Lord Byron has been described as “mad, bad, and dangerous to know”, but there is an other reason – besides his regular escapades – why the British may have deemed this famous poet to be ‘wicked’. Byron was a bitter opponent of Lord Elgin’s removal of the Parthenon marbles from Greece, and “reacted with fury” when Elgin’s agent gave him a tour of the Parthenon, during which he saw the missing friezes and metopes. He penned a poem, the Curse of Minerva, to denounce Elgin’s actions. Although Byron never intended to publish this poem, a copy was stolen from him and printed without his approval.
“Mortal!” -twas thus she spake- “that blush of shame
Proclaims thee Briton, once a noble name;
First of the mighty, foremost of the free,
Now honourd less by all, and least by me;
Chief of thy foes shall Pallas still be found.
Seekst thou the cause of loathing? -look around.
Lo! here, despite of war and wasting fire,
I saw successive tyrannies expire.
Scaped from the ravage of the Turk and Goth,
Thy country sends a spoiler worse than both.
Survey this vacant, violated fane;
Recount the relics torn that yet remain:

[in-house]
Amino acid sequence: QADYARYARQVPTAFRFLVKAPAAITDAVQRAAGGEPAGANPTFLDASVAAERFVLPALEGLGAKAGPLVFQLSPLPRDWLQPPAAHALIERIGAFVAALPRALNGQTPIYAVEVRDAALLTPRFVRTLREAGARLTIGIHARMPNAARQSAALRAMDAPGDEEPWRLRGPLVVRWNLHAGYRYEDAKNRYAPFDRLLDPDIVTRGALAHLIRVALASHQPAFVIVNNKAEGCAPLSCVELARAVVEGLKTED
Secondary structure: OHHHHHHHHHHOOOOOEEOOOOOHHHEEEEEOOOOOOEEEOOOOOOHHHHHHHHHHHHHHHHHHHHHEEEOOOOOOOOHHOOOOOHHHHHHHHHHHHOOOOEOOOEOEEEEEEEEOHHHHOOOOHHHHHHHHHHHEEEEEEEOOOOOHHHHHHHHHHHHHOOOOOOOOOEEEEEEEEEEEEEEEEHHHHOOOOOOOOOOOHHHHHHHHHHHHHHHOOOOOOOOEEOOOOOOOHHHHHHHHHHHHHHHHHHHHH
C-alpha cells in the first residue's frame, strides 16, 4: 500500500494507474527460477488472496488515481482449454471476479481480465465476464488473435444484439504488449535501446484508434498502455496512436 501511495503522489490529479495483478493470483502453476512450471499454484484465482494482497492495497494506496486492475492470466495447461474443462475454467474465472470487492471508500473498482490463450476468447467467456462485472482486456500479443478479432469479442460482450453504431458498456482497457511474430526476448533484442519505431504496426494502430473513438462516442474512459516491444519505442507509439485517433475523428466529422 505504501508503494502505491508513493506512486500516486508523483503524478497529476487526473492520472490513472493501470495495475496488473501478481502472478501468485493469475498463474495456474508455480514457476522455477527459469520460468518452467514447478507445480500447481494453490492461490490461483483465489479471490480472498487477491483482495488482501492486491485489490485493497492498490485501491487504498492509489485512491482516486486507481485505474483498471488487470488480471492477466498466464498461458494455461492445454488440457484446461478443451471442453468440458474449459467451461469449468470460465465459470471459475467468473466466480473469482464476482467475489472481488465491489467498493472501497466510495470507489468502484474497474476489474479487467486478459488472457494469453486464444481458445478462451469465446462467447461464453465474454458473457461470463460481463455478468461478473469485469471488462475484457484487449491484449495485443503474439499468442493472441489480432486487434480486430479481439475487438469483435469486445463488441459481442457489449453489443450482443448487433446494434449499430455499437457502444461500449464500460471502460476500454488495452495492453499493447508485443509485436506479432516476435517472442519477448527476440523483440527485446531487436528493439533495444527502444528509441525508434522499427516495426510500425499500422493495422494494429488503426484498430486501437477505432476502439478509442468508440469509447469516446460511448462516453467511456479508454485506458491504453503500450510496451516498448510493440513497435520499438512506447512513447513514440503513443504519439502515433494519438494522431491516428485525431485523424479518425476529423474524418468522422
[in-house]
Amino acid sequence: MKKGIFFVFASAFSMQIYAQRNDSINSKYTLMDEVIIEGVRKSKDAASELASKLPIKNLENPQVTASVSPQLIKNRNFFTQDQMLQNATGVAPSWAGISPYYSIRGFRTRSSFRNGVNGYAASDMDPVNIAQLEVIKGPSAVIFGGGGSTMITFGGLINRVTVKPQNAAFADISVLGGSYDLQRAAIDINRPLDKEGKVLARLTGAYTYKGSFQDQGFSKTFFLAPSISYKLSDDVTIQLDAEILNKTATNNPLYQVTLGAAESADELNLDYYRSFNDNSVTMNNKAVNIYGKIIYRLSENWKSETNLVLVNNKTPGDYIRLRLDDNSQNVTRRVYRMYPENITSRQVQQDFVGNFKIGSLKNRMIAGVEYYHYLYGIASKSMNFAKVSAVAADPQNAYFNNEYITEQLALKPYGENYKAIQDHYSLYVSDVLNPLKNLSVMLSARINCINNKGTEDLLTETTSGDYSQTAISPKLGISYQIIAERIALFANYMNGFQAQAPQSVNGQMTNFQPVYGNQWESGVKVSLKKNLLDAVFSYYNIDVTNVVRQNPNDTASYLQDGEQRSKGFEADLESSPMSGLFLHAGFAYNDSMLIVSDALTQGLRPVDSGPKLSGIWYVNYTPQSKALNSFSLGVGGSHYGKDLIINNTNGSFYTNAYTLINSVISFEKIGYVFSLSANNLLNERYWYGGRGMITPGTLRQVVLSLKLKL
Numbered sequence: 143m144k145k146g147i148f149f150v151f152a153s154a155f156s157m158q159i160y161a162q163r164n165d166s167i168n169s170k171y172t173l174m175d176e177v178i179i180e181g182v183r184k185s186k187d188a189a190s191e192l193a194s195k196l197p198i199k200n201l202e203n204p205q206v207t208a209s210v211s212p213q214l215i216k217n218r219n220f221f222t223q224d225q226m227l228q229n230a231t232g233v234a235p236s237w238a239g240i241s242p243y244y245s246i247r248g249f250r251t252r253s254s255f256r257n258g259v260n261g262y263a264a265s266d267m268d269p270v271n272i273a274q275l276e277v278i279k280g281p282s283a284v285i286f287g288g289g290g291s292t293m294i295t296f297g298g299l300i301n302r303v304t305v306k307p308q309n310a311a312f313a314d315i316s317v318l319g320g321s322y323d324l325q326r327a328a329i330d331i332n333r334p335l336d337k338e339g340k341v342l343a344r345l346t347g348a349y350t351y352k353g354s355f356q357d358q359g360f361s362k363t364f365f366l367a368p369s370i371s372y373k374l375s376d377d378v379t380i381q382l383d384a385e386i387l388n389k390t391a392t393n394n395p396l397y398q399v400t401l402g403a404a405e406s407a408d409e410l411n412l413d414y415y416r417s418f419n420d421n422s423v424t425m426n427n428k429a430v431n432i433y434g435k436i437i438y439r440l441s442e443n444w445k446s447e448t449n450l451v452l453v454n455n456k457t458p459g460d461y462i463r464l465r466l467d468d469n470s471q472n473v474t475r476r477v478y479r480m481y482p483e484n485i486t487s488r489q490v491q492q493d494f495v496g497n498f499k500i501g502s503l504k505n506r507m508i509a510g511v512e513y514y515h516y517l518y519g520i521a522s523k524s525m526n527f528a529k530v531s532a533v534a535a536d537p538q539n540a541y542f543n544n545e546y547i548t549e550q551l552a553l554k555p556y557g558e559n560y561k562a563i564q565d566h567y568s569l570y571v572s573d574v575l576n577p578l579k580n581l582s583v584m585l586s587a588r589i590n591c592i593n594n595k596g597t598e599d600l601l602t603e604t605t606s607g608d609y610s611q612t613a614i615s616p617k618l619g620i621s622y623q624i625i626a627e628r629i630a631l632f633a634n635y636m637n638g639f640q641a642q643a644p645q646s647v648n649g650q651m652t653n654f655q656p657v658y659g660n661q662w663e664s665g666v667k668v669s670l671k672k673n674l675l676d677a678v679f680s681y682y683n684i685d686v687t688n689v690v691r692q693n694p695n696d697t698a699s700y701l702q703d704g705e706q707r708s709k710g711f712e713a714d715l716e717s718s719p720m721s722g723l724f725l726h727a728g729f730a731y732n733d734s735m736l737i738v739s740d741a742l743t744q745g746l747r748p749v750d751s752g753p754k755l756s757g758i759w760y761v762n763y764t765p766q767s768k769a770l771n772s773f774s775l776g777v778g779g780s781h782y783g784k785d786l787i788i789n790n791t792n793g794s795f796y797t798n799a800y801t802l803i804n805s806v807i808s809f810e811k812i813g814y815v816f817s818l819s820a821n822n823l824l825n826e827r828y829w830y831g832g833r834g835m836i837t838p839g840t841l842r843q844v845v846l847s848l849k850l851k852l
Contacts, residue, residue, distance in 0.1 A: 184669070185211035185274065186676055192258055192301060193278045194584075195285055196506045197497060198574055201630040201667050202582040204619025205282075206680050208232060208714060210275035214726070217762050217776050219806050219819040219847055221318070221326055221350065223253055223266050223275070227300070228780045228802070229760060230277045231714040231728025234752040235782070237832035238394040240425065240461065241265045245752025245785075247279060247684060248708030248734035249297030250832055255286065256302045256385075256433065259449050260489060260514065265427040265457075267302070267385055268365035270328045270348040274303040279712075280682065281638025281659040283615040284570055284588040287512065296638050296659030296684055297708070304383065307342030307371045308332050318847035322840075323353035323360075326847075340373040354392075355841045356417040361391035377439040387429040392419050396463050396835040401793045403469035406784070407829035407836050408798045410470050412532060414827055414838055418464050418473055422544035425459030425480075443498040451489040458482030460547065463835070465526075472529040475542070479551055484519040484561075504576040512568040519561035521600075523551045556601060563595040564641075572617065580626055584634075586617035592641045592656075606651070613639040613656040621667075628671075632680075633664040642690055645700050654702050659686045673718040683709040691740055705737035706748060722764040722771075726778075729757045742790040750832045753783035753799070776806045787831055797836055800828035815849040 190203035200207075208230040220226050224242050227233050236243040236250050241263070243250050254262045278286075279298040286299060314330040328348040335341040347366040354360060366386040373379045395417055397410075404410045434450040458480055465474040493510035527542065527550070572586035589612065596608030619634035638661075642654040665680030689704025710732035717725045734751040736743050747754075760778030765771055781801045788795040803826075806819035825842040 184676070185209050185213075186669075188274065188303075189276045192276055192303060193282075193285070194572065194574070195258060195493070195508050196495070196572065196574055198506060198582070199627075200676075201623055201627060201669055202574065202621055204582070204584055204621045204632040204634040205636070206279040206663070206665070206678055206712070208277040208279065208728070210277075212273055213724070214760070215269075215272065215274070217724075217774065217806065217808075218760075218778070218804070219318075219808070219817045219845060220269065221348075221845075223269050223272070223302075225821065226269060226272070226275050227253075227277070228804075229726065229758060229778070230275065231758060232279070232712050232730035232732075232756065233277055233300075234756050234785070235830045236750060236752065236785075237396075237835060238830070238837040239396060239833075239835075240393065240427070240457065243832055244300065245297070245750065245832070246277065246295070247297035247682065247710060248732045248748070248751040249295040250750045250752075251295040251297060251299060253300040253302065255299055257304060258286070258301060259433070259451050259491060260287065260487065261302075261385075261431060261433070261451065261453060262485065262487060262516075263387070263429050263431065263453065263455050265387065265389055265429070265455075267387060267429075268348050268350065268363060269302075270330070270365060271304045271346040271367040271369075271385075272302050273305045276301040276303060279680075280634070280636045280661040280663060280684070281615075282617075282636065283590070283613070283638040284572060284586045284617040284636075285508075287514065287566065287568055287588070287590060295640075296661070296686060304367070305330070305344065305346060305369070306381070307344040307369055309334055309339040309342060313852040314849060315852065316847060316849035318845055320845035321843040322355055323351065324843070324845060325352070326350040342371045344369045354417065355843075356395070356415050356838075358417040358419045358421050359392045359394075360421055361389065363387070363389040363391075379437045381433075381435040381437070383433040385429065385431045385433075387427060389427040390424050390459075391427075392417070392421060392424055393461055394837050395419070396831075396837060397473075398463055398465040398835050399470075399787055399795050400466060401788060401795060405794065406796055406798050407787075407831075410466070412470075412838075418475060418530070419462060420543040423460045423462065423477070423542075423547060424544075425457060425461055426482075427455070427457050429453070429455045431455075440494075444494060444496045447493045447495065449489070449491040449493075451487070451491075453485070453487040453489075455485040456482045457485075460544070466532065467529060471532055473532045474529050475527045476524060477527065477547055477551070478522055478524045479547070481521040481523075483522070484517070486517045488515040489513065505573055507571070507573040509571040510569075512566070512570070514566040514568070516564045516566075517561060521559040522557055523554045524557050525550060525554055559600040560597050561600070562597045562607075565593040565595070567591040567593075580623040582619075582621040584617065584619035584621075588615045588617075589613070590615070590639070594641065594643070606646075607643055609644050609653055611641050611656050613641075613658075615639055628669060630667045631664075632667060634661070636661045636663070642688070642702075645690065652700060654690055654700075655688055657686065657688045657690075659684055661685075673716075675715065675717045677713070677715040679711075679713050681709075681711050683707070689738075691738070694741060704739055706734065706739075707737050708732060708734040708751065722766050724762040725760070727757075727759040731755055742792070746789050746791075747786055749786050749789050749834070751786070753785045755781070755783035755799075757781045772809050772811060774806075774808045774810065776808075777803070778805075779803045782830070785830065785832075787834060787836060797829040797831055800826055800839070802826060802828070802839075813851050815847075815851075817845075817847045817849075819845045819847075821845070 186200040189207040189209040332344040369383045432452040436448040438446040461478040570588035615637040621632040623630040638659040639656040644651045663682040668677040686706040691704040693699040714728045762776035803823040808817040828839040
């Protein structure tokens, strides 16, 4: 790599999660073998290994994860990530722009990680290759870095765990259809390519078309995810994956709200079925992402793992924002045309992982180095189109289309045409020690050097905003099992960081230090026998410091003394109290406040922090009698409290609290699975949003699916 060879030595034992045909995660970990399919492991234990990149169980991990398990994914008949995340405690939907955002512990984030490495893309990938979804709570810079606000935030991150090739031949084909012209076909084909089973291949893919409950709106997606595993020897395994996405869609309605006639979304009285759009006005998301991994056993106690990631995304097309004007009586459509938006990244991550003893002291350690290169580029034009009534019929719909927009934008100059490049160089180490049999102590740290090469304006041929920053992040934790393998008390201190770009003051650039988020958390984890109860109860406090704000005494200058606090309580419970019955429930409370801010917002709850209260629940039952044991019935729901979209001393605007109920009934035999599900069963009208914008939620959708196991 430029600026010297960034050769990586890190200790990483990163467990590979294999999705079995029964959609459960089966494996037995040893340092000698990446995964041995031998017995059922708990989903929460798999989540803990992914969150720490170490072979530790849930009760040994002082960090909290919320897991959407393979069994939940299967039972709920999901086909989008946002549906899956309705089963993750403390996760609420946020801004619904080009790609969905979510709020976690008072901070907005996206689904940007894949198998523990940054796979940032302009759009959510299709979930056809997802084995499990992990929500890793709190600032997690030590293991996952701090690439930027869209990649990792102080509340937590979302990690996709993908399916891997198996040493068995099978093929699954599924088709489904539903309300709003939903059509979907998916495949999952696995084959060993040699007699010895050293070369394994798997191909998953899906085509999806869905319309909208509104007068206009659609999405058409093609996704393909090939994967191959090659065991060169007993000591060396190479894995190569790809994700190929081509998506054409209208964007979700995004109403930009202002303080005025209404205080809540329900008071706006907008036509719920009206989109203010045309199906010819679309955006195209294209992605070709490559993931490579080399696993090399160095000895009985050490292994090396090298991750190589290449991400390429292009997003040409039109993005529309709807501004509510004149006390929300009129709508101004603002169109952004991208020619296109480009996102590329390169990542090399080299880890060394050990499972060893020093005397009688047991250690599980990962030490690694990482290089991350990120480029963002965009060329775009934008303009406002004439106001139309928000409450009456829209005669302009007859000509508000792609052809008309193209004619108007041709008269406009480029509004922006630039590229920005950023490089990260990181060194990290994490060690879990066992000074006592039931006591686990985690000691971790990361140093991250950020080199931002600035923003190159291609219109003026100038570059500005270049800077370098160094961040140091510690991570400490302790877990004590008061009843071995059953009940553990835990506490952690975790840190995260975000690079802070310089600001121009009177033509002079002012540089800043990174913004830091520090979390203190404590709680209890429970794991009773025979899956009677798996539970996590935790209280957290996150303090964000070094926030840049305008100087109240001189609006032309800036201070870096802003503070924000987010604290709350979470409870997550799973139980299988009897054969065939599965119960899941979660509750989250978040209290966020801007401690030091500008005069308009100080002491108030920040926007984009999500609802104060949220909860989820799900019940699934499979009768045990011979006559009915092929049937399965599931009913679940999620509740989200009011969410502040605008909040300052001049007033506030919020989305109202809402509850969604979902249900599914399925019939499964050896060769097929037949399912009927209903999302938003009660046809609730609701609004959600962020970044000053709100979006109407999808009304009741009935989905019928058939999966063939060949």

These Cecrops placed, this Pericles adornd,
That Adrian reard when drooping Science mournd.
What more I owe let gratitude attest-
Know, Alaric and Elgin did the rest.
That all may learn from whence the plunderer came,
The insulted wall sustains his hated name:
Fragment from ‘The Curse of Minerva’ by Lord Byron, 1811
George Gordon Byron, the 6th Baron Byron took up the subject of the Parthenon Frieze again a year later, in the lengthy narrative poem Childe Harold’s Pilgrimage. The poem describes the travels and reflections of a world-weary young man who, disillusioned with a life of pleasure and revelry, looks for distraction in foreign lands. Canto XIto XV of ‘Childe Harold’s Pilgrimage’ are a weeping tribute to the Parthenon Marbles:
Cold is the heart, fair Greece, that looks on thee,
Nor feels as lovers oer the dust they loved;
Dull is the eye that will not weep to see
Thy walls defaced, thy mouldering shrines removed
By British hands, which it had best behovd
To guard those relics neer to be restored.
Curst be the hour when their isle they roved,
And once again thy hapless bosom gored,
And snatchd thy shrinking Gods to northern climes abhorrd!
Canto XVfrom ‘Childe Harold’s Pilgrimage’ by Lord Byron, 1812
Already in the early 19th century, the ‘destruction of the Parthenon’ due to the removal of the friezes did not make sense to Lord Byron, permission slip or no permission slip. Maybe the British Museum can counter this with Keats? 😉